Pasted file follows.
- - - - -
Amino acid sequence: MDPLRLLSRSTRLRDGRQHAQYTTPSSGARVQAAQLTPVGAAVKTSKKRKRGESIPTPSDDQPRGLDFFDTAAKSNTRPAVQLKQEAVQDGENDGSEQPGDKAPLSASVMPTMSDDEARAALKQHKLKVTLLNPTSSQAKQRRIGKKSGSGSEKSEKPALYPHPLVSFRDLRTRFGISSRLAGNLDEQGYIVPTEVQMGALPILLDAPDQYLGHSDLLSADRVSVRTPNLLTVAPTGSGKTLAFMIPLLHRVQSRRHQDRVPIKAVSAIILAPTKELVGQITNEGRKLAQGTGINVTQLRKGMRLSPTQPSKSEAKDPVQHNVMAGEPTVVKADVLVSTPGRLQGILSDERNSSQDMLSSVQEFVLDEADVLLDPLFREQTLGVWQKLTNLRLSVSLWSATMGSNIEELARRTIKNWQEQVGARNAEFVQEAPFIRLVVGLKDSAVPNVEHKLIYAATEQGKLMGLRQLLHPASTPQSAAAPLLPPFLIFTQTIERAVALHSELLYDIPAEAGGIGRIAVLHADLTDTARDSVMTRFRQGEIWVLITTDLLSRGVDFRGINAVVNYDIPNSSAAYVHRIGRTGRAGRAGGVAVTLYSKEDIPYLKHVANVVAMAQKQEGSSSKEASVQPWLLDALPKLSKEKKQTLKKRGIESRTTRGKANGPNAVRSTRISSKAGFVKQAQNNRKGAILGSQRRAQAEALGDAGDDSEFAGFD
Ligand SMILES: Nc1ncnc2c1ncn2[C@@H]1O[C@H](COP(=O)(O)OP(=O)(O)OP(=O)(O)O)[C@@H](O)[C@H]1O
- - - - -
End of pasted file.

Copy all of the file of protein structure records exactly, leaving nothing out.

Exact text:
Amino acid sequence: MDPLRLLSRSTRLRDGRQHAQYTTPSSGARVQAAQLTPVGAAVKTSKKRKRGESIPTPSDDQPRGLDFFDTAAKSNTRPAVQLKQEAVQDGENDGSEQPGDKAPLSASVMPTMSDDEARAALKQHKLKVTLLNPTSSQAKQRRIGKKSGSGSEKSEKPALYPHPLVSFRDLRTRFGISSRLAGNLDEQGYIVPTEVQMGALPILLDAPDQYLGHSDLLSADRVSVRTPNLLTVAPTGSGKTLAFMIPLLHRVQSRRHQDRVPIKAVSAIILAPTKELVGQITNEGRKLAQGTGINVTQLRKGMRLSPTQPSKSEAKDPVQHNVMAGEPTVVKADVLVSTPGRLQGILSDERNSSQDMLSSVQEFVLDEADVLLDPLFREQTLGVWQKLTNLRLSVSLWSATMGSNIEELARRTIKNWQEQVGARNAEFVQEAPFIRLVVGLKDSAVPNVEHKLIYAATEQGKLMGLRQLLHPASTPQSAAAPLLPPFLIFTQTIERAVALHSELLYDIPAEAGGIGRIAVLHADLTDTARDSVMTRFRQGEIWVLITTDLLSRGVDFRGINAVVNYDIPNSSAAYVHRIGRTGRAGRAGGVAVTLYSKEDIPYLKHVANVVAMAQKQEGSSSKEASVQPWLLDALPKLSKEKKQTLKKRGIESRTTRGKANGPNAVRSTRISSKAGFVKQAQNNRKGAILGSQRRAQAEALGDAGDDSEFAGFD
Ligand SMILES: Nc1ncnc2c1ncn2[C@@H]1O[C@H](COP(=O)(O)OP(=O)(O)OP(=O)(O)O)[C@@H](O)[C@H]1O